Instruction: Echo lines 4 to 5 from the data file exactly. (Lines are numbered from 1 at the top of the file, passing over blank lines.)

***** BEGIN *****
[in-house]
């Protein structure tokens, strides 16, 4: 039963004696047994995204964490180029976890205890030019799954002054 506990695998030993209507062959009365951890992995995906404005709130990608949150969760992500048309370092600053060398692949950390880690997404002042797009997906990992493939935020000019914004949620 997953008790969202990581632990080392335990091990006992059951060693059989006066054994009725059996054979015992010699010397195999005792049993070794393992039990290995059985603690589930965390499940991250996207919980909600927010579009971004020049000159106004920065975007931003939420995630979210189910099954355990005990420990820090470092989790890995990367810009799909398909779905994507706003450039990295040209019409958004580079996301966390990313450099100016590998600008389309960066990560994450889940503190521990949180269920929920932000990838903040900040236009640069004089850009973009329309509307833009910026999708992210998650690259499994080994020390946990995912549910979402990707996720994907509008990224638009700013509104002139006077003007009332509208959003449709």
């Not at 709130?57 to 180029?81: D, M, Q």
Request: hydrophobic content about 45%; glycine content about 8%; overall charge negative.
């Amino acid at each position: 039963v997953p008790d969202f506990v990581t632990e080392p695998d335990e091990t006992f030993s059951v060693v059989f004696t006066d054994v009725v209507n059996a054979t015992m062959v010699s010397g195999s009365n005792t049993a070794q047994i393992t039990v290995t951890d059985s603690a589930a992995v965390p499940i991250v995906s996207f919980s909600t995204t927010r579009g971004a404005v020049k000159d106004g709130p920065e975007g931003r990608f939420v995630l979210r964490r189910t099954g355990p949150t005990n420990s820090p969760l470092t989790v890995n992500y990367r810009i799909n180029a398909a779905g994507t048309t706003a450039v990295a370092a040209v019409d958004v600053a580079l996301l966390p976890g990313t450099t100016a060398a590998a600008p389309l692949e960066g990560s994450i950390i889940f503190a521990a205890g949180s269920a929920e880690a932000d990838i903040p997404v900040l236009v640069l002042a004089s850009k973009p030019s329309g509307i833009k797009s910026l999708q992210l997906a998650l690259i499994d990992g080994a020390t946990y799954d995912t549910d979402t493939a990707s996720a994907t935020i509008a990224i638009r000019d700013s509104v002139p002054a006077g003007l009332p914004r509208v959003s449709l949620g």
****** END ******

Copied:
Request: hydrophobic content about 45%; glycine content about 8%; overall charge negative.
């Amino acid at each position: 039963v997953p008790d969202f506990v990581t632990e080392p695998d335990e091990t006992f030993s059951v060693v059989f004696t006066d054994v009725v209507n059996a054979t015992m062959v010699s010397g195999s009365n005792t049993a070794q047994i393992t039990v290995t951890d059985s603690a589930a992995v965390p499940i991250v995906s996207f919980s909600t995204t927010r579009g971004a404005v020049k000159d106004g709130p920065e975007g931003r990608f939420v995630l979210r964490r189910t099954g355990p949150t005990n420990s820090p969760l470092t989790v890995n992500y990367r810009i799909n180029a398909a779905g994507t048309t706003a450039v990295a370092a040209v019409d958004v600053a580079l996301l966390p976890g990313t450099t100016a060398a590998a600008p389309l692949e960066g990560s994450i950390i889940f503190a521990a205890g949180s269920a929920e880690a932000d990838i903040p997404v900040l236009v640069l002042a004089s850009k973009p030019s329309g509307i833009k797009s910026l999708q992210l997906a998650l690259i499994d990992g080994a020390t946990y799954d995912t549910d979402t493939a990707s996720a994907t935020i509008a990224i638009r000019d700013s509104v002139p002054a006077g003007l009332p914004r509208v959003s449709l949620g």